Ap­ple­gate strength

Herald Sun - Switched On - - Pay-tv -

CHRISTINA Ap­ple­gate has been mak­ing audiences laugh for more than 20 years, but the past 12 months have held noth­ing for the com­edy ac­tor to smile about.

In April last year, the 37-yearold was di­ag­nosed with breast can­cer, and in Au­gust she had a dou­ble mas­tec­tomy.

It is a trib­ute to Ap­ple­gate’s re­solve that she has man­aged to con­tinue film­ing sit­com Sa­man­tha Who? around the trauma. An Ap­ple­gate spokesper­son said the star was ‘‘on a nor­mal shoot­ing sched­ule’’ and the US’s ABC net­work said ‘‘it’s busi­ness as usual’’.

It was her role as ditzy teenage daugh­ter Kelly Bundy in the com­edy Mar­ried with Chil­dren that shot Ap­ple­gate to in­ter­na­tional star­dom. She played the char­ac­ter for 10 years from 1987.

‘‘Kelly Bundy was a great, amaz­ing ex­pe­ri­ence,’’ Ap­ple­gate says. ‘‘If I hadn’t had that, I wouldn’t be able to do com­edy.

‘‘I have such re­spect for that ex­pe­ri­ence and that char­ac­ter. But you have to leave your char­ac­ters be­hind and move for­ward.’’

In Sa­man­tha Who? Ap­ple­gate plays Sa­man­tha Newly, a ruth­less busi­ness­woman known for her self­ish­ness, whose char­ac­ter changes af­ter an ac­ci­dent leaves her with am­ne­sia.

Upon hear­ing about her old life, Sa­man­tha de­cides to start afresh, but it’s not as easy as she thinks to leave old habits be­hind.

‘‘What I liked about the role was its fresh­ness,’’ she says. ‘‘Ev­ery­thing was a dis­cov­ery.

‘‘I liked the fact she has no pre­con­ceived opin­ions. It’s a re­flec­tion on real life; you don’t know if you will wake up one day and dis­cover who you are.’’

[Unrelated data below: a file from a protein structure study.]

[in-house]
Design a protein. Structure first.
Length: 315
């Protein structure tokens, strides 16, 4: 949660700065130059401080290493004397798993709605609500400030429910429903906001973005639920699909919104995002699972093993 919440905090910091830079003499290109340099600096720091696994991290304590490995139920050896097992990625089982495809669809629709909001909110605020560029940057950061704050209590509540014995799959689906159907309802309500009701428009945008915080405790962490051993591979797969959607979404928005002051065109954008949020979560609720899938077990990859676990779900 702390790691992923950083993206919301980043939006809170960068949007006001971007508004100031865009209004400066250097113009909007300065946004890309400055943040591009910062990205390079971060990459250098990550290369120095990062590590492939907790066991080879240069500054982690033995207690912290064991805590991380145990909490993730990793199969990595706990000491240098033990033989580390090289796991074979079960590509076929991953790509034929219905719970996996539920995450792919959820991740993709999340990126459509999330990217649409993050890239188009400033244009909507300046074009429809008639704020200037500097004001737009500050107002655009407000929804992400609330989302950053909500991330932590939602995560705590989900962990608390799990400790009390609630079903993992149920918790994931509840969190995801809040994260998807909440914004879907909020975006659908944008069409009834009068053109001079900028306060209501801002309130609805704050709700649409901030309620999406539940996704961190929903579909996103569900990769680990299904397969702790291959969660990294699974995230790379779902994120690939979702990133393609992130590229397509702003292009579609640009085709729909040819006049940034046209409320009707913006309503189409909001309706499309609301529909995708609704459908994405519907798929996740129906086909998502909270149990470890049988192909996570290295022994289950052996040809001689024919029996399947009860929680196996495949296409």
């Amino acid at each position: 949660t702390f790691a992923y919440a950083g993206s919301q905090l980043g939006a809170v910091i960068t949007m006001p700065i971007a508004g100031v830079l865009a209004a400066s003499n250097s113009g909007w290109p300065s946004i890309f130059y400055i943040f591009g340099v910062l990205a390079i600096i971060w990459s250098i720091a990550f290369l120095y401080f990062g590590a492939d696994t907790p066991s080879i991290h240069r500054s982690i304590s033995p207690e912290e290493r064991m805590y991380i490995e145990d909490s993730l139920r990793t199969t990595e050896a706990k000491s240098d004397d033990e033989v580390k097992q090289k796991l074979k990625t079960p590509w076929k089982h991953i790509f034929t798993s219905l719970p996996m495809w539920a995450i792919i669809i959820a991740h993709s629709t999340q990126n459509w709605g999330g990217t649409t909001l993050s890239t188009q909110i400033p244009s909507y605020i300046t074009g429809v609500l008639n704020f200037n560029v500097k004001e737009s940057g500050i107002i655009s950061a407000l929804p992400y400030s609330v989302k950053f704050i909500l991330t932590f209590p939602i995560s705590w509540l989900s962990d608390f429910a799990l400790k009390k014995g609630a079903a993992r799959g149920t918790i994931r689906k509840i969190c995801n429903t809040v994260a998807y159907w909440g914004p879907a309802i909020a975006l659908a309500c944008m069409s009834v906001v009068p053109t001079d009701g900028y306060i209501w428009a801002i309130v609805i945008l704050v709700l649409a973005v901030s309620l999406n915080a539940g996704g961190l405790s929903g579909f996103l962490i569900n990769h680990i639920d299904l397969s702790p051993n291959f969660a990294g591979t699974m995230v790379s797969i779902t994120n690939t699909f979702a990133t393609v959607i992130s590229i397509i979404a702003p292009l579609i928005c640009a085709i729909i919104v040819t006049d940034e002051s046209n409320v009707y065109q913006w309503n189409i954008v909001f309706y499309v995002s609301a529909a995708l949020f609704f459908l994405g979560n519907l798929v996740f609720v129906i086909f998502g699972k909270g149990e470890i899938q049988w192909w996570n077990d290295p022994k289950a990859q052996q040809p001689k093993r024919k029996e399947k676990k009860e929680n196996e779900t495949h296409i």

Ap­ple­gate has gone through plenty of self-dis­cov­ery in the past year. Her mother had sur­vived breast can­cer and Ap­ple­gate had been hav­ing reg­u­lar mam­mo­grams since she was 30. It was only when doc­tors sug­gested an MRI screen­ing, be­cause of the dense­ness of her breast tis­sue, that the con­di­tion was di­ag­nosed.

‘‘They found some funky things go­ing on in one breast,’’ she told Oprah Win­frey in Novem­ber.

Doc­tors did a biopsy and a week later gave Ap­ple­gate the bad news.

Re­sults showed the can­cer was in her left breast and had been de­tected at an early stage. Just as she was con­tem­plat­ing ra­di­a­tion ther­apy, an­other test — for the breast can­cer gene — re­turned a pos­i­tive re­sult. That left two op­tions: go ahead with ra­di­a­tion and be tested for the rest of her life, or have both breasts re­moved. Ap­ple­gate chose the lat­ter. ‘‘I didn’t want to have to deal with this again. I didn’t want to keep putting that stuff in my body. I just wanted to be done with it,’’ she told Win­frey.

Ap­ple­gate’s com­po­sure and strength dur­ing her in­ter­view on The Oprah Win­frey Show erad­i­cated once and for all the im­age of ditzy Kelly Bundy.

HERE was a woman who, pro­fes­sion­ally, had achieved so much and now was open­ing up to the world about one of the hard­est de­ci­sions a woman has to face.

‘‘I’m no dumb blonde,’’ she says. ‘‘I’ve learned to be re­spon­si­ble and pro­fes­sional and that’s be­cause I did work through my child­hood. I think it was a good thing.

‘‘I wasn’t Kelly Bundy. When I left the stu­dio on a Fri­day night, I put on my long, flow­ing skirt, took off my make-up, put my hair in a pony­tail and lived a com­pletely dif­fer­ent life.

‘‘If some­one had in mind that I was like my char­ac­ters when I sat down with them, that’s gone. I’m not those peo­ple any more. That is how I ap­proached my work.

‘‘The ques­tion of whether I’m like Kelly keeps hap­pen­ing, but I’d re­ally left it. That was nearly 20 years ago.’’

Trau­matic year: US com­edy ac­tor Christina Ap­ple­gate chose a dou­ble mas­tec­tomy rather than be­ing sub­jected to a life­time of can­cer tests.

Newspapers in English

Newspapers from Australia

© PressReader. All rights reserved.